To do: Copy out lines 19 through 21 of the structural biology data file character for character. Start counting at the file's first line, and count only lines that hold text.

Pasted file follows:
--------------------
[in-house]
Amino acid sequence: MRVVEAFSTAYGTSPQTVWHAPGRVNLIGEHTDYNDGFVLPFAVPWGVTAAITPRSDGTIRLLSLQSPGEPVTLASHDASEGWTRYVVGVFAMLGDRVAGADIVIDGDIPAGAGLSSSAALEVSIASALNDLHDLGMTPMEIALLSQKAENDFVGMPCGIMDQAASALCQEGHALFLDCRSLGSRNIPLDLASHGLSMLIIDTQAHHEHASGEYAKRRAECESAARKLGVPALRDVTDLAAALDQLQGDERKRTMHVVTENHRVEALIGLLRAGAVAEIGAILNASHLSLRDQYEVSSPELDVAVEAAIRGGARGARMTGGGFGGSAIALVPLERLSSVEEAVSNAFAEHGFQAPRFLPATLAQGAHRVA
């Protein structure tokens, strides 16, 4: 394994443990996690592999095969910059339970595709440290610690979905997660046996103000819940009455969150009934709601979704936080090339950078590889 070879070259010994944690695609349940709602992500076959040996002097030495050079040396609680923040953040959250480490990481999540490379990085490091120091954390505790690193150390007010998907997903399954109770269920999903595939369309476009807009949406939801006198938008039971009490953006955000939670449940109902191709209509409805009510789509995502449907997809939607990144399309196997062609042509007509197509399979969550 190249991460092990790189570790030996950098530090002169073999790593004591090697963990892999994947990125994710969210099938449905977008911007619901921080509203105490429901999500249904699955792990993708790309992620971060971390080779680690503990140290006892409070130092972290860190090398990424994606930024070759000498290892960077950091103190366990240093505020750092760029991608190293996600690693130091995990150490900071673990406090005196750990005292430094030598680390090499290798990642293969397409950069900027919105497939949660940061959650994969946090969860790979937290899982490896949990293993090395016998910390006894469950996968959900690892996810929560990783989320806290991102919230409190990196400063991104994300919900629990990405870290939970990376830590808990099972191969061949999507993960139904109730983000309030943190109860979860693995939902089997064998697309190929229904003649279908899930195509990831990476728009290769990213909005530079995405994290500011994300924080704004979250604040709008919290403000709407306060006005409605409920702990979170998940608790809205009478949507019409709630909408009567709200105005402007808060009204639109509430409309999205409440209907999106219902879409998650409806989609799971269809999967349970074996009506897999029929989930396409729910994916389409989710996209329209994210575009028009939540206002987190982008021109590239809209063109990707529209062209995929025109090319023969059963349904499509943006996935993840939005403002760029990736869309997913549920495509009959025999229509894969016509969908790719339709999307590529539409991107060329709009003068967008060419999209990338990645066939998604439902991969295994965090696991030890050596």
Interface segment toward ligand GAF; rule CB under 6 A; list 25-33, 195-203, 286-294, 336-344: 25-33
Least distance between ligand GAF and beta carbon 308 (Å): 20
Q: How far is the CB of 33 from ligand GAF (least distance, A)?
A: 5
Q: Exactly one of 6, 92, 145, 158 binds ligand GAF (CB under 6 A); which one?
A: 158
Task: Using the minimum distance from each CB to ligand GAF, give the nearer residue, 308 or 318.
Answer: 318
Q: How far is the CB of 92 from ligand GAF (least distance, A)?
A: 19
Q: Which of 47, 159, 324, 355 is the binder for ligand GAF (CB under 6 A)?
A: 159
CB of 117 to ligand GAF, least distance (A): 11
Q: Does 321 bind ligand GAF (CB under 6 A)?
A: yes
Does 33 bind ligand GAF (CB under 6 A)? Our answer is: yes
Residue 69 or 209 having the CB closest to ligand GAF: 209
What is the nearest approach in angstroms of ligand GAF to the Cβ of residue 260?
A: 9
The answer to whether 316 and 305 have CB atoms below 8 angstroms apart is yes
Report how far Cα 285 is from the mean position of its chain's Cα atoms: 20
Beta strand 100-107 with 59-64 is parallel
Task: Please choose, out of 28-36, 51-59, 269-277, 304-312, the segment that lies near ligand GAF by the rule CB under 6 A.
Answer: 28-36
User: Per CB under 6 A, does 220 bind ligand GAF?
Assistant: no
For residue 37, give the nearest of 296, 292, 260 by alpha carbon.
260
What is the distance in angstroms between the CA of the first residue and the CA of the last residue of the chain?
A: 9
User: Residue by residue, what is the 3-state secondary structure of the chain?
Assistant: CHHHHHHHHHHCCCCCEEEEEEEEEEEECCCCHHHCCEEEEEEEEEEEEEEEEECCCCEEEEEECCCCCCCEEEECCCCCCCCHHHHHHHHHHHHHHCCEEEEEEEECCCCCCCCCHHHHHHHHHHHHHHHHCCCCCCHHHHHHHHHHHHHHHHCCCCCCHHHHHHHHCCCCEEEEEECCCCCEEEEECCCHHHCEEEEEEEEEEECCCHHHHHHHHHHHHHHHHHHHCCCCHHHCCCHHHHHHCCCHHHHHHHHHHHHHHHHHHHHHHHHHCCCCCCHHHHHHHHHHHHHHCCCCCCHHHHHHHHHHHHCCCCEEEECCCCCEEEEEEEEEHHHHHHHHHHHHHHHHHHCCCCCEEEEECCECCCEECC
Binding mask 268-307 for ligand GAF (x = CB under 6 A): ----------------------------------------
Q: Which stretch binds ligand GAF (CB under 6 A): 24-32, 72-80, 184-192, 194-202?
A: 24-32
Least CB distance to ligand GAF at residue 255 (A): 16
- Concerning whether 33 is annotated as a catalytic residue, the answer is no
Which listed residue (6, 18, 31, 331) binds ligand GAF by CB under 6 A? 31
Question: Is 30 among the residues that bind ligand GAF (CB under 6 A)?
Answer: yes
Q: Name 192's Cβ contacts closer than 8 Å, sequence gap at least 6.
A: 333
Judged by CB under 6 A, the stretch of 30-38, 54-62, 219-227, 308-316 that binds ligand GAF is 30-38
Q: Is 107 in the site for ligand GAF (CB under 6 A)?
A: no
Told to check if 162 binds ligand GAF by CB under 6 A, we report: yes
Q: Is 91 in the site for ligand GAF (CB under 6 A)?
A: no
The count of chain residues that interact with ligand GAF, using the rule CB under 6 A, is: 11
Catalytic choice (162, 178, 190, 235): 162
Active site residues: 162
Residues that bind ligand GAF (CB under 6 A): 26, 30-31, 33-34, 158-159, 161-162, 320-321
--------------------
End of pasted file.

Does 33 bind ligand GAF (CB under 6 A)? Our answer is: yes
Residue 69 or 209 having the CB closest to ligand GAF: 209
What is the nearest approach in angstroms of ligand GAF to the Cβ of residue 260?